From a Creighton Student's Perspective
January 6, 2011
1st Year Dental Student
but hates his brother, he is a liar;
for whoever does not love a brother whom he has seen
cannot love God whom he has not seen. - 1 Jn 4:20
When I initially read these words in preparation for this reflection, they did not strike me as terribly difficult. I took them at face value, assuming my brother was someone I care for, someone I know personally like a friend or a family member. Since then I have reread this bit from the First Reading as well as the rest of the day’s scripture, and I’ve come away with some questions, as well as what I think is a challenge meant to push us and, ultimately, to save us.
The most compelling question from this First Reading is: whom should we consider as a brother? I think it would be too easy to say that a brother is someone we already know, respect, and care for. What if we expand the definition of brother to include the forgotten old man in the nursing home we visit, the homeless woman who stands on the corner we drive by everyday, the girl we sit next to during class, the salesperson who calls our house at night, and the man we see driving the bus each morning? I think what is astounding about this idea of expanding the word brother is the fact that we are called to, not only move past hating any of them, but actually love them. Hating, in my opinion, at least in the context it is used here, does not necessarily mean malice; it can mean anything as deceptively benign sounding as apathy. What if we pushed it even further? What if our brothers include the child soldiers in Africa, prisoners in our local cities, and the countless other oppressed or forgotten people in this world?
It can seem overwhelming, the extent of suffering that there is in the world, and it is taxing for the alert human heart. However, we are called to serve and to love our brothers, and, as tough as it may be, I think today’s readings are challenging us to see our brothers as every person we encounter, perhaps even in as impersonal an encounter as a television commercial, calling special attention to the poor, the captives, and the oppressed as Jesus quotes from Isaiah in the Gospel.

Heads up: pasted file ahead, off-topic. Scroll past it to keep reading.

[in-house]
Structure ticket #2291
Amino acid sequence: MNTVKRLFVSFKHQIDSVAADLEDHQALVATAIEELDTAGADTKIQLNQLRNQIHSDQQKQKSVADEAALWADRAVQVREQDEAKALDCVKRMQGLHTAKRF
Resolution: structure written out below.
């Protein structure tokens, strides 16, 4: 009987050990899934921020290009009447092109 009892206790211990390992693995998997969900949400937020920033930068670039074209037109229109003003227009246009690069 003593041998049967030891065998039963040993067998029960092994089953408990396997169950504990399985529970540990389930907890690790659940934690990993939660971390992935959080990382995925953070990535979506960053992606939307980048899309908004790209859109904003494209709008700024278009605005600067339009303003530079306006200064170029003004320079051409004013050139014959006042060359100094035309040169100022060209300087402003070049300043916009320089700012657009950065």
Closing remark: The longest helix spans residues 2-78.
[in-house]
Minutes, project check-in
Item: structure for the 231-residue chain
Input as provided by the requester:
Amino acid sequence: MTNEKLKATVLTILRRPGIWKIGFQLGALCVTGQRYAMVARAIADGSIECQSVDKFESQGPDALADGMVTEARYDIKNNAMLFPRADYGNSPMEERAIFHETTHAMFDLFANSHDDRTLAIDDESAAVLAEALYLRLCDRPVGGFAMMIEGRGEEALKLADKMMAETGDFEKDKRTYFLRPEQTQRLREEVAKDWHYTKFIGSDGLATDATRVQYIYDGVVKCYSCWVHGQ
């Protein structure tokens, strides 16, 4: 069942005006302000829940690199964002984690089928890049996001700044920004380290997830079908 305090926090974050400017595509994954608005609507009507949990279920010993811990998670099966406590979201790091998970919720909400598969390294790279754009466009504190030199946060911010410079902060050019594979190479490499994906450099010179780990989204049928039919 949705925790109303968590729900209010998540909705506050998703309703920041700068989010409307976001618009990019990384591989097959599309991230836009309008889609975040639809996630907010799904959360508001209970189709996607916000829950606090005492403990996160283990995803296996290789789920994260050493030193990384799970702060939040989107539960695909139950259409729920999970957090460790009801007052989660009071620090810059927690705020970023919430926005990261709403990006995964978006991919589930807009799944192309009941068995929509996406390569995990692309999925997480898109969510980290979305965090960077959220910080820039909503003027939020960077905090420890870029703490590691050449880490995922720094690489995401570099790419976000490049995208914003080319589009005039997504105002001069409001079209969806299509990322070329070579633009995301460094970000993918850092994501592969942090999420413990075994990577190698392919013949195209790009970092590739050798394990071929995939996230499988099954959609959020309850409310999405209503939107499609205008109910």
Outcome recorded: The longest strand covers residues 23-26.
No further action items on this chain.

Now, let’s take it a step farther and make the question and challenge a bit more personal. We all recognize that there is suffering in our local communities, across the country, and across the world, and, as such, our hearts can become pulled in so many directions that it becomes difficult to find any hope in doing anything at all. What difference can I make in a world where there is so much pain?
Christ is not asking us to take on everything at once, and He is not asking us to do it all on our own. However, I think that He is asking us to push ourselves to expand the circle of our lives, to learn to see every person we come across as a sibling, a brother or sister striving and struggling through life, just like us, knowingly or unknowingly searching for God. We are called to take each other by the hand, embrace each other’s struggles, and say, “here, come with me, we can face this world together and maybe, just maybe, we can make a difference for others too.”
This is where our salvation lies. This is where we come to know ourselves, the people around us, and the world we live in. It is through faith, through hope that we can face the world each and every day confident in the belief that we are making a difference. Christ is beckoning us to open our eyes and see each other, waiting patiently for us to embrace each other, challenging us to move further and further from our walls towards a community of brothers and sisters.
It can all start with the gift of a smile to someone who might desperately need it.
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